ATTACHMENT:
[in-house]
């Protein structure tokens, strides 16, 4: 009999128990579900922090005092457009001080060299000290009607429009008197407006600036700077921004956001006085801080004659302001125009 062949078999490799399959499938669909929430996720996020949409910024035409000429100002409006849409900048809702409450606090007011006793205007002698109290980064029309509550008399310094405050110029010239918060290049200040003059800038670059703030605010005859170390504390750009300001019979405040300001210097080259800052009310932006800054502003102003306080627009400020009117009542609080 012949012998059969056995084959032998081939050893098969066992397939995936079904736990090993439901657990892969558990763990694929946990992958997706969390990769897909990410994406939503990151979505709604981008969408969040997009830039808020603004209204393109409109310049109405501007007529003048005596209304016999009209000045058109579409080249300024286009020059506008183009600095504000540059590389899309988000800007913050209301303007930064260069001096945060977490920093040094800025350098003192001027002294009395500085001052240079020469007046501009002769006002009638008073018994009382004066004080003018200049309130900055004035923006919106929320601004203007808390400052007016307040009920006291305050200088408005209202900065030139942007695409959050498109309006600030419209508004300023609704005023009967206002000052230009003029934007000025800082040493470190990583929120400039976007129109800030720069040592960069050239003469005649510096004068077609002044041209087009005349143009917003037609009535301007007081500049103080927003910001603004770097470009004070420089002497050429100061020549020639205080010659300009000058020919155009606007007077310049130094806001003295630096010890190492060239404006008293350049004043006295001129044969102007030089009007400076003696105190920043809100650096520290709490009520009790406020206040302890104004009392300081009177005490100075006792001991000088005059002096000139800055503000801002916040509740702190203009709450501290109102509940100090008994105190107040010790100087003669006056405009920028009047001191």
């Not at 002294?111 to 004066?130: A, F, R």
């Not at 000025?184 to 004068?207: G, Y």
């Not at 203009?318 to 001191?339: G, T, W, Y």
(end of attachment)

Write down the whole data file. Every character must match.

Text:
[in-house]
């Protein structure tokens, strides 16, 4: 009999128990579900922090005092457009001080060299000290009607429009008197407006600036700077921004956001006085801080004659302001125009 062949078999490799399959499938669909929430996720996020949409910024035409000429100002409006849409900048809702409450606090007011006793205007002698109290980064029309509550008399310094405050110029010239918060290049200040003059800038670059703030605010005859170390504390750009300001019979405040300001210097080259800052009310932006800054502003102003306080627009400020009117009542609080 012949012998059969056995084959032998081939050893098969066992397939995936079904736990090993439901657990892969558990763990694929946990992958997706969390990769897909990410994406939503990151979505709604981008969408969040997009830039808020603004209204393109409109310049109405501007007529003048005596209304016999009209000045058109579409080249300024286009020059506008183009600095504000540059590389899309988000800007913050209301303007930064260069001096945060977490920093040094800025350098003192001027002294009395500085001052240079020469007046501009002769006002009638008073018994009382004066004080003018200049309130900055004035923006919106929320601004203007808390400052007016307040009920006291305050200088408005209202900065030139942007695409959050498109309006600030419209508004300023609704005023009967206002000052230009003029934007000025800082040493470190990583929120400039976007129109800030720069040592960069050239003469005649510096004068077609002044041209087009005349143009917003037609009535301007007081500049103080927003910001603004770097470009004070420089002497050429100061020549020639205080010659300009000058020919155009606007007077310049130094806001003295630096010890190492060239404006008293350049004043006295001129044969102007030089009007400076003696105190920043809100650096520290709490009520009790406020206040302890104004009392300081009177005490100075006792001991000088005059002096000139800055503000801002916040509740702190203009709450501290109102509940100090008994105190107040010790100087003669006056405009920028009047001191």
């Not at 002294?111 to 004066?130: A, F, R």
């Not at 000025?184 to 004068?207: G, Y």
């Not at 203009?318 to 001191?339: G, T, W, Y």